“Don’t let your child watch too much tv when they’re little; it’ll rot their brains and they’ll eventually end up playing video games and eating junk food all day!” Right? That’s been the outcry we’ve heard over the last several years; it’s not good to let your child consume endless hours of mindless entertainment via a blue screen. You need to encourage a love of reading by both reading to them and encouraging them to read on their own.
And what about the junk food? Even Cookie Monster, from PBS’s highly acclaimed Sesame Street, now declares cookies only a “sometimes snack,” and encourages children to consume fruits and vegetables instead. So why are our kids still becoming obese at an alarmingly fast rate? One source may surprise you.
According to Drs. Jane Goldman and Lara Descartes, your much-lauded reading material may be partly to blame. Their 2016 study, published in Appetite (an academic journal focusing specifically on the science of food psychology and culture), showed an overwhelming trend toward portraying junk food and treats in a more positive light than healthier options, like fruits and vegetables.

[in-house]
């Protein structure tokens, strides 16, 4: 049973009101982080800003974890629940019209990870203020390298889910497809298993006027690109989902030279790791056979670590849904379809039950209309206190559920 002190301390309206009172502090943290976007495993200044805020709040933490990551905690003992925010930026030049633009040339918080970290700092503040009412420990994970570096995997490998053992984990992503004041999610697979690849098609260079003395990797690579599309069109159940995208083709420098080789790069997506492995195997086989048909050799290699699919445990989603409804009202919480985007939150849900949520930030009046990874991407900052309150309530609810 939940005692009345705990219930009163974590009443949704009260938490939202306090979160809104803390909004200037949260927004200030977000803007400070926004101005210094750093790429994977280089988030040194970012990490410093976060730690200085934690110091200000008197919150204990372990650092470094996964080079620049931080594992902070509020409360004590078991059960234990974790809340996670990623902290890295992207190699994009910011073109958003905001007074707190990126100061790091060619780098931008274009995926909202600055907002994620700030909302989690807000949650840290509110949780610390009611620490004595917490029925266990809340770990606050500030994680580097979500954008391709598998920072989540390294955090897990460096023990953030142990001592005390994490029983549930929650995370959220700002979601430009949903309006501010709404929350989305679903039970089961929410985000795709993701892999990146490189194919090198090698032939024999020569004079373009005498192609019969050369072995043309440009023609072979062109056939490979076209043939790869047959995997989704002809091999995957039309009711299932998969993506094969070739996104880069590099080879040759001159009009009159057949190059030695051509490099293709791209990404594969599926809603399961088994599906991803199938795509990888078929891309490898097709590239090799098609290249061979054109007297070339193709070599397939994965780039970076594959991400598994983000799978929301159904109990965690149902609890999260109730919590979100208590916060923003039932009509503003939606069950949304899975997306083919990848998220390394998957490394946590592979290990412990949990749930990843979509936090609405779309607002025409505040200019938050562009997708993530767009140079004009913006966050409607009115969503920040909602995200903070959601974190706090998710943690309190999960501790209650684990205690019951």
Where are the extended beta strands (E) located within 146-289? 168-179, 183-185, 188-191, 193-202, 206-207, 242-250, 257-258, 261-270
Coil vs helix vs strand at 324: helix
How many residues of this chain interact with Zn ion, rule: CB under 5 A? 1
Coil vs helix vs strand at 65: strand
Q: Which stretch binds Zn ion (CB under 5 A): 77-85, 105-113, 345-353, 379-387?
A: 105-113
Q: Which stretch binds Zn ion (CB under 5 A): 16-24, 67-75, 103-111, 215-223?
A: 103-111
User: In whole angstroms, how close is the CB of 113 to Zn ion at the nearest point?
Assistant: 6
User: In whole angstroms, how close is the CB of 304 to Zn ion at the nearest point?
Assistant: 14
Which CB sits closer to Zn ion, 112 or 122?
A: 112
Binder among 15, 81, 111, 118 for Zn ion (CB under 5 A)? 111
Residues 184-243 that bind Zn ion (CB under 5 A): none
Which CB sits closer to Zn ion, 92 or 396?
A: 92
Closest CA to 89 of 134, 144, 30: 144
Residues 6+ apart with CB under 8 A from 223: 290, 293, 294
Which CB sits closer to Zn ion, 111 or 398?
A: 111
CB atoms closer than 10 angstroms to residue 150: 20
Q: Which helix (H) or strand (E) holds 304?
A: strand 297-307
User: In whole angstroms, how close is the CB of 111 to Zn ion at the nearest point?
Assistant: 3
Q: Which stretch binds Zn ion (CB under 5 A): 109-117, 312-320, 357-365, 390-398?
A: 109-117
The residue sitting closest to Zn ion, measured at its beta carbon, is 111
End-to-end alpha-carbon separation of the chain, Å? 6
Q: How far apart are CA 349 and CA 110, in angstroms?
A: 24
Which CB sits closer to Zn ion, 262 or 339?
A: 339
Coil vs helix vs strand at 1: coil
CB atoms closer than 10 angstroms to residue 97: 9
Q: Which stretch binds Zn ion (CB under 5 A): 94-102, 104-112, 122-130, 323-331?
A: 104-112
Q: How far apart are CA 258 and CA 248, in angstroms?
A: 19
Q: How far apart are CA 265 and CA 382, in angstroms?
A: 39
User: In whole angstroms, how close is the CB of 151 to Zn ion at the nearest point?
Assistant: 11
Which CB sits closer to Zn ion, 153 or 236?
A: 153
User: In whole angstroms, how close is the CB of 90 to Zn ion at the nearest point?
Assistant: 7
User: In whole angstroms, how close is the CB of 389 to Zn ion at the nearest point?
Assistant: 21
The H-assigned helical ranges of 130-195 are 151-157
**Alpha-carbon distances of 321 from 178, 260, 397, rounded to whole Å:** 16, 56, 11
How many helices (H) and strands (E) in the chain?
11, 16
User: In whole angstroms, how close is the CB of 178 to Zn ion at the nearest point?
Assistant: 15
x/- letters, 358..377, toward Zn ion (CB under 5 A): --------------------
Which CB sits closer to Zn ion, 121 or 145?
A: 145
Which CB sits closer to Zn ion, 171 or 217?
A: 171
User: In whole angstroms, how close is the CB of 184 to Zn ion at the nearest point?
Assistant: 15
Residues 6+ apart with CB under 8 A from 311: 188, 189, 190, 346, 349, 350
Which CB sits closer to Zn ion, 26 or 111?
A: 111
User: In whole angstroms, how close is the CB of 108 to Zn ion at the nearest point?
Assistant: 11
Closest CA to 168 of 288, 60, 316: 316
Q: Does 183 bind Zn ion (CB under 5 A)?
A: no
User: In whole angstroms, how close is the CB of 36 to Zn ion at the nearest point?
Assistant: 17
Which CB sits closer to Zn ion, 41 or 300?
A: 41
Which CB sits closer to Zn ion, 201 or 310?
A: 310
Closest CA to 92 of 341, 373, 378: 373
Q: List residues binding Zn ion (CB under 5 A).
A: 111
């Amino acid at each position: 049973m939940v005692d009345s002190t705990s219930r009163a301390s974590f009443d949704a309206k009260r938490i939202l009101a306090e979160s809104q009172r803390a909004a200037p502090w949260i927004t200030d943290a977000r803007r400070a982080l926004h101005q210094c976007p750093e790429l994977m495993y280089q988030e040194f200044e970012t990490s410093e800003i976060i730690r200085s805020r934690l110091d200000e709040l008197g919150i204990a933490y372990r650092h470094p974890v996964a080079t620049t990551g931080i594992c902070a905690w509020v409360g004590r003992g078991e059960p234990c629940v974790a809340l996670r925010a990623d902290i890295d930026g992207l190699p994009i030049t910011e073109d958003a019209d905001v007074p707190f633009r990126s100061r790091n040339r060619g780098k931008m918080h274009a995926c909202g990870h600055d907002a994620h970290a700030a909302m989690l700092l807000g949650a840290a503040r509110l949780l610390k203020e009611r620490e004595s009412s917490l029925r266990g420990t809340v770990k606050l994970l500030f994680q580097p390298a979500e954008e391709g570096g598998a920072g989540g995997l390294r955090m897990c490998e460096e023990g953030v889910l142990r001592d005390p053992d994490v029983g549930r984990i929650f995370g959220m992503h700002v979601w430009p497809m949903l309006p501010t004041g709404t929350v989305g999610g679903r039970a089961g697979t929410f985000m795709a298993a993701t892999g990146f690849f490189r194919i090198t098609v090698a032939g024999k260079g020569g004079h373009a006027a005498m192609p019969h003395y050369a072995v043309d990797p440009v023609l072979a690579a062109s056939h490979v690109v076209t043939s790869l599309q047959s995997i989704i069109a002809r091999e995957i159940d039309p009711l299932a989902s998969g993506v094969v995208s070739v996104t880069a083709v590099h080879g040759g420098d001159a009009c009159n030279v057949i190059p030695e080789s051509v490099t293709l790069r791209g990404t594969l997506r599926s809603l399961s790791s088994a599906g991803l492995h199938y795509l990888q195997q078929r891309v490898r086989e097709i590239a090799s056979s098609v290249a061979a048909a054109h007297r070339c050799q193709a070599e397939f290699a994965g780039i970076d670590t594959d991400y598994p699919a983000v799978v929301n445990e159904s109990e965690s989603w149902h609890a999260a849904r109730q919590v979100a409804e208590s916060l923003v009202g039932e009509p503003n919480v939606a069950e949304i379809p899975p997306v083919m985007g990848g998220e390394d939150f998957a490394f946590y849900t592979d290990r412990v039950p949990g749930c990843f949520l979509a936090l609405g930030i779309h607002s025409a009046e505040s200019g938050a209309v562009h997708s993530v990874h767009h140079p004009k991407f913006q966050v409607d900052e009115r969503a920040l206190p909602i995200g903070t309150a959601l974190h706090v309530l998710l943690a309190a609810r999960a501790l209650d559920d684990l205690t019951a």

Using a sample group of 69 children’s books which feature images of food, Goldman and Descartes created “affect” ratings (how happy the characters surrounding the food appear) and “centrality” ratings (how prominent the food item is in the illustration). They determined that fruit and vegetables often aren’t portrayed in a central position and that they only show a positive affect among characters about 18% of the time. Conversely, baked sweet treats are front and center and coupled with a positive affect about 80% of the time. Nearly 75% of the time ice cream is portrayed in children’s books, it’s being given as a treat or to make someone feel better. “It’s not that you shouldn’t have ice cream in books,” Goldman says, “but people should be aware of what the underlying message is.”
So what’s the proper response? Toss your child’s books? Hardly. Just as with the food items themselves, it’s all about choices; review what your child reads before they do, decide whether it offers a healthy message, and make sure that you’re educating your child on what’s best to put in their bodies. And equally as important: keep reading!
Find books that offer a healthy view of food to help you establish good eating habits with your kids. The future will thank you!
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Featured image via Little Sporks Big Dreams